I have grappled with forgiveness for decades. My unwillingness to forgive one person who had deeply wounded me on many occasions kept me trapped in grief, pain, and rage for more than thirty years. My remorse, shame, and inability to 'forgive myself' for something I had done enslaved me in my own private hell of guilt, self-hatred, despair, hopelessness and depression for almost twenty years. One day a man that I only knew from seeing him around the church I was attending at the time brazenly (unexpected and uninvited) stepped into my life and relentlessly proceeded to break down my resistance and walk me through a process of forgiveness that set me free. It took some time.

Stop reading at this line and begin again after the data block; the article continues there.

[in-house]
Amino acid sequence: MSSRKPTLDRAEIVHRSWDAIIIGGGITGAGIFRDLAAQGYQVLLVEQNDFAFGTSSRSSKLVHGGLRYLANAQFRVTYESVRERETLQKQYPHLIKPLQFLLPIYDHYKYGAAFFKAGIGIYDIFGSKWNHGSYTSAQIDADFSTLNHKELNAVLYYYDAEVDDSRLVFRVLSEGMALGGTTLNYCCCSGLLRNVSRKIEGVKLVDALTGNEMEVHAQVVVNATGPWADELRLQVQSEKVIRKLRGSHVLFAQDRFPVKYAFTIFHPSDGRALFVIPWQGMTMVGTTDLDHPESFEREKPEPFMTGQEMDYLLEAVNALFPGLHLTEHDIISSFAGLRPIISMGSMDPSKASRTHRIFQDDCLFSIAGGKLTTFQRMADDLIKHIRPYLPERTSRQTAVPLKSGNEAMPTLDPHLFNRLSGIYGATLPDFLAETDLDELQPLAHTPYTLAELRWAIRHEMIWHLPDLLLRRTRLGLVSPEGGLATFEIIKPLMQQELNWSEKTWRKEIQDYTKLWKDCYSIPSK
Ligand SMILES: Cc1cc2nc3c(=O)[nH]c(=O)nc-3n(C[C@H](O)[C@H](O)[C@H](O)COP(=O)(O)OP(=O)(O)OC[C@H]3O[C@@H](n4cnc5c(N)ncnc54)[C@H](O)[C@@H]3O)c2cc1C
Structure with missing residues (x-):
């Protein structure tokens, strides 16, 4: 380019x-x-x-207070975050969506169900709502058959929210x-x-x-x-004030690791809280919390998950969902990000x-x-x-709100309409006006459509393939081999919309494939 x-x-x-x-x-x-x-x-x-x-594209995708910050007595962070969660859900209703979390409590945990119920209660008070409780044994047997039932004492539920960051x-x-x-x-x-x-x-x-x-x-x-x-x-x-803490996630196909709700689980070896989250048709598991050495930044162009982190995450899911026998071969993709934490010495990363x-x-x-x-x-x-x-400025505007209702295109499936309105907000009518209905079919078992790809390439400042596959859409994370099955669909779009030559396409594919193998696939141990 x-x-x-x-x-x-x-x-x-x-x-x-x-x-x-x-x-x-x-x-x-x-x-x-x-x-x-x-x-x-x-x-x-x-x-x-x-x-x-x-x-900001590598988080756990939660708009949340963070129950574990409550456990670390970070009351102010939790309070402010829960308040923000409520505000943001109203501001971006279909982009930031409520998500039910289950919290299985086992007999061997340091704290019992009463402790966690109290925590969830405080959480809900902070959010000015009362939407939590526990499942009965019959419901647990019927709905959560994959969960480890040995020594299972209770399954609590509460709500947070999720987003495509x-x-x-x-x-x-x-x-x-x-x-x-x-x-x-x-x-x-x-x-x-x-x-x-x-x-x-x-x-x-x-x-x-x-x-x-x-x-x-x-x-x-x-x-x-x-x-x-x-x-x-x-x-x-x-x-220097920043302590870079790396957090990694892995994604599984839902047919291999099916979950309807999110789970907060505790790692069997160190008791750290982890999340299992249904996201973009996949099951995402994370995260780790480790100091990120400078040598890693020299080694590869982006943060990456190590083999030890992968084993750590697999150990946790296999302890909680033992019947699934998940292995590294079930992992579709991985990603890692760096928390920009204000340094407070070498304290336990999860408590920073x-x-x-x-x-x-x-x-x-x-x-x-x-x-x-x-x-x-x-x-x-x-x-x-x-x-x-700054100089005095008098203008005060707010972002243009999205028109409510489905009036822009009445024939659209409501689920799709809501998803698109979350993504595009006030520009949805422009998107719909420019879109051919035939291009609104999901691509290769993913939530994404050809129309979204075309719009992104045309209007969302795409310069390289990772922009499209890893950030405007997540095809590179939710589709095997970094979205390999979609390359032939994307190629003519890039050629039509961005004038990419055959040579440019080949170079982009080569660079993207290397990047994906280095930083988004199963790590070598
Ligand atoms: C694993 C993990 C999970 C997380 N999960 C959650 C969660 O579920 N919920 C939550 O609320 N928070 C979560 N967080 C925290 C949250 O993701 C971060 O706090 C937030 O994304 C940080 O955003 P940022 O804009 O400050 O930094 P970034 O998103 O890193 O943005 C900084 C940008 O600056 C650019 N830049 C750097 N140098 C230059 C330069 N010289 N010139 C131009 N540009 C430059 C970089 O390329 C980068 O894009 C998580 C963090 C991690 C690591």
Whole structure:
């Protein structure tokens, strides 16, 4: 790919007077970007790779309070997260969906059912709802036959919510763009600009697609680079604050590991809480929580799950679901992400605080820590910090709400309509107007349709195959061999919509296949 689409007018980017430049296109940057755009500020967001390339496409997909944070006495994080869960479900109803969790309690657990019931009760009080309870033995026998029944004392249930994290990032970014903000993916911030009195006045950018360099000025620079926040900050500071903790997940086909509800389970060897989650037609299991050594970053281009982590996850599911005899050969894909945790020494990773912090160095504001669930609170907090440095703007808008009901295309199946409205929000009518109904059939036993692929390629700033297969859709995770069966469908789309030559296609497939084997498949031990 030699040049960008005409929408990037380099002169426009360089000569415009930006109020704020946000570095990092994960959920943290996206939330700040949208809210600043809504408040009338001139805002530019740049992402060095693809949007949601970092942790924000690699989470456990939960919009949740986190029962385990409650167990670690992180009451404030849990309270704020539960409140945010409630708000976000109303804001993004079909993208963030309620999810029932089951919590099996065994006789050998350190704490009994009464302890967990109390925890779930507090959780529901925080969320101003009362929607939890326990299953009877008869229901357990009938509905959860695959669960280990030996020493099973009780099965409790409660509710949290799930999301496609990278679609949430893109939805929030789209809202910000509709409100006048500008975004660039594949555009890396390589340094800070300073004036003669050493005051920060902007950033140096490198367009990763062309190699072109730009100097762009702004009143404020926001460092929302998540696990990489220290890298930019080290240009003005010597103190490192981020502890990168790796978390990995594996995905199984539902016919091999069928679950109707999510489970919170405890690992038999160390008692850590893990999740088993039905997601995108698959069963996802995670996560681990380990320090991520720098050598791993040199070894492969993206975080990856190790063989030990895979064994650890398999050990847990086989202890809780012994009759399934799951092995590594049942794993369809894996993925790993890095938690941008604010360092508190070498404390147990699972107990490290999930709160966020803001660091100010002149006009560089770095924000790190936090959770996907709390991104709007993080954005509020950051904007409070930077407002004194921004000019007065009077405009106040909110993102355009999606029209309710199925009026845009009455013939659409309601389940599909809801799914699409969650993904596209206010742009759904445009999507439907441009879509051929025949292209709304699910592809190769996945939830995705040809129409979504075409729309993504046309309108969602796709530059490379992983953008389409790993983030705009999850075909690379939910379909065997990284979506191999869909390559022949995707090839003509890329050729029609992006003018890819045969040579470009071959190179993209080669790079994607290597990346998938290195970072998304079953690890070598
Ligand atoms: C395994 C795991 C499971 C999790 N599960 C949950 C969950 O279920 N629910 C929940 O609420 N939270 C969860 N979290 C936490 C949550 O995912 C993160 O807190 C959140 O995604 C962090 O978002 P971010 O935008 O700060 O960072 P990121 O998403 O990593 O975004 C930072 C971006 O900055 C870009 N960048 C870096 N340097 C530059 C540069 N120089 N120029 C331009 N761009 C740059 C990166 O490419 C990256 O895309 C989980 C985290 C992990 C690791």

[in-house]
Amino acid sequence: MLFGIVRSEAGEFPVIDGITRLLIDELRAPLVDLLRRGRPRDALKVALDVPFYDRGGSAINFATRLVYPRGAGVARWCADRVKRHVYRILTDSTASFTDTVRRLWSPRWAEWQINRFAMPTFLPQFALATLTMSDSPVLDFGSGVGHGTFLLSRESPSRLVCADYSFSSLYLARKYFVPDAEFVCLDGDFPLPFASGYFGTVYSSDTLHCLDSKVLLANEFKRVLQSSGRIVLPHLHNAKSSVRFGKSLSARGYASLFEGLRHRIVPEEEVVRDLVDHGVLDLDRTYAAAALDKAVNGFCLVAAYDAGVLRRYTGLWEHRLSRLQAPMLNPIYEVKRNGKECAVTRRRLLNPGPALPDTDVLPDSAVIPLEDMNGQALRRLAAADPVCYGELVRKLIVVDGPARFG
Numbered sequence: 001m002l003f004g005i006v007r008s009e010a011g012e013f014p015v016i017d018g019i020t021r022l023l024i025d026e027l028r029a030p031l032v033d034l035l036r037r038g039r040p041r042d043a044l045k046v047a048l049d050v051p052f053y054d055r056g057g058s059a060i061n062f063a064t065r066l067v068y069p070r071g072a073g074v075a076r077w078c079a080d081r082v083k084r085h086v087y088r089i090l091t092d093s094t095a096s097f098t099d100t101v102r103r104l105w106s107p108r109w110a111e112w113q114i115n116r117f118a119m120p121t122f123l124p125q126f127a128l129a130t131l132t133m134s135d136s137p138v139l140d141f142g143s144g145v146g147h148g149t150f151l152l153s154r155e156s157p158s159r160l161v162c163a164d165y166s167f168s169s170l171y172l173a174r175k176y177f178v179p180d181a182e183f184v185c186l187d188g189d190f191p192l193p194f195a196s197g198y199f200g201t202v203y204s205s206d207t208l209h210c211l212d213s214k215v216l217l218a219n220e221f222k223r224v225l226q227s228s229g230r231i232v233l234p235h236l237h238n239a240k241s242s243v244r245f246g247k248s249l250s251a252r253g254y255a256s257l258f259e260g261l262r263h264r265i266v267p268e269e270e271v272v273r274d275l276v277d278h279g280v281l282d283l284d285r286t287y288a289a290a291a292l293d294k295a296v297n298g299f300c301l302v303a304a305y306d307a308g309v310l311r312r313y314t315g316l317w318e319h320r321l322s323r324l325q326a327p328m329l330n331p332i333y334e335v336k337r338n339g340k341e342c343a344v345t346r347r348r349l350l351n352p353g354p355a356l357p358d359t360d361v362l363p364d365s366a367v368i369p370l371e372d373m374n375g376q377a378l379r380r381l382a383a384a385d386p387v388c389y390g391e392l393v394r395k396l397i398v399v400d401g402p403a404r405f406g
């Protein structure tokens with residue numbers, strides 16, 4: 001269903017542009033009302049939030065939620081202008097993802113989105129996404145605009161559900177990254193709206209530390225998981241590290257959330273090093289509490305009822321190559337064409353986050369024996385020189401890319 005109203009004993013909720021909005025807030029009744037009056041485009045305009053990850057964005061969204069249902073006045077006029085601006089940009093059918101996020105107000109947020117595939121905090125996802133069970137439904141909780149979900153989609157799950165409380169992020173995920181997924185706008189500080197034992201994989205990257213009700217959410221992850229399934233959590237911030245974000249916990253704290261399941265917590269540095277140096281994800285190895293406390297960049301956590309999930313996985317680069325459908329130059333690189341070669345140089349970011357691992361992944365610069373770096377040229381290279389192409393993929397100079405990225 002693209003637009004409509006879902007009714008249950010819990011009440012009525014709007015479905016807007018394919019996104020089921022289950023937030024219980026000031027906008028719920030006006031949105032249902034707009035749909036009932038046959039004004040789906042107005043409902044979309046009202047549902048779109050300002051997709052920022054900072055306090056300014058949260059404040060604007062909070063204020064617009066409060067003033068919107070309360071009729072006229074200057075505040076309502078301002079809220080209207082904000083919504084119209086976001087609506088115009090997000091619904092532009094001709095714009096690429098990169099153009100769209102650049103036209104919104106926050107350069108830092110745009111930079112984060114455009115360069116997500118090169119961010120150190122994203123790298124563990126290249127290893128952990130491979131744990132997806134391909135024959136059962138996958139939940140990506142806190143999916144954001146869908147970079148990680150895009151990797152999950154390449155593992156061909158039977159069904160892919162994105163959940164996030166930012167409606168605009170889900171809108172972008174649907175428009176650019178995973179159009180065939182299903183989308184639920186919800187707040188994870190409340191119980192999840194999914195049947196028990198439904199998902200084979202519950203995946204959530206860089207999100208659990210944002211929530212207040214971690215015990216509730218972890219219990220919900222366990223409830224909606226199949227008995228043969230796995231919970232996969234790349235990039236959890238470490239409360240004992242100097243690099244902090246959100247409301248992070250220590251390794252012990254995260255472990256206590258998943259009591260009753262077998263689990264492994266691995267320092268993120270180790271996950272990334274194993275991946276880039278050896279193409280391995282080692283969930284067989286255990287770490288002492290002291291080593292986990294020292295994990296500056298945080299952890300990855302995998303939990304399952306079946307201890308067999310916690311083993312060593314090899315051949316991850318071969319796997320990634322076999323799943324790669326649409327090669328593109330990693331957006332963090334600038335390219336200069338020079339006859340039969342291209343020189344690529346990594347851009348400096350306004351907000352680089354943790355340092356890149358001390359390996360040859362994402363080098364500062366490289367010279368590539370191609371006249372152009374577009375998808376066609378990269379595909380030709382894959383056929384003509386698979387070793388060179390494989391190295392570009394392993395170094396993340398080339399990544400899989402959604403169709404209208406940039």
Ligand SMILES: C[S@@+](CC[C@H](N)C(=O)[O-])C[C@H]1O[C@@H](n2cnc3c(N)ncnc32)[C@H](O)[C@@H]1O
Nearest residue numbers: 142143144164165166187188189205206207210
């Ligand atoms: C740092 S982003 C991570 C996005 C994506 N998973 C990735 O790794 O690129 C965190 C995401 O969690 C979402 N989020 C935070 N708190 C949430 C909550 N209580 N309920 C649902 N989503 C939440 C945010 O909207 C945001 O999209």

That was not the end of forgiveness in my life. My need to forgive and request forgiveness has continued unabated in the two decades since I first truly understood what it means to forgive and to be forgiven. In the course of those years I have strived to increase my understanding of forgiveness through study, meditation and prayer. Throughout my career in mental health I came across innumerable people who (from my perspective) needed to forgive and/or request and accept forgiveness in order to begin their journey of healing with any hope of success. I had the memorable privilege to co-present a seminar with a friend (who just happens to be a psychiatrist and Christ follower) where we explored the concept of forgiveness and discussed its impact on mental health. One issue we burrowed into was this business of 'forgiving oneself'.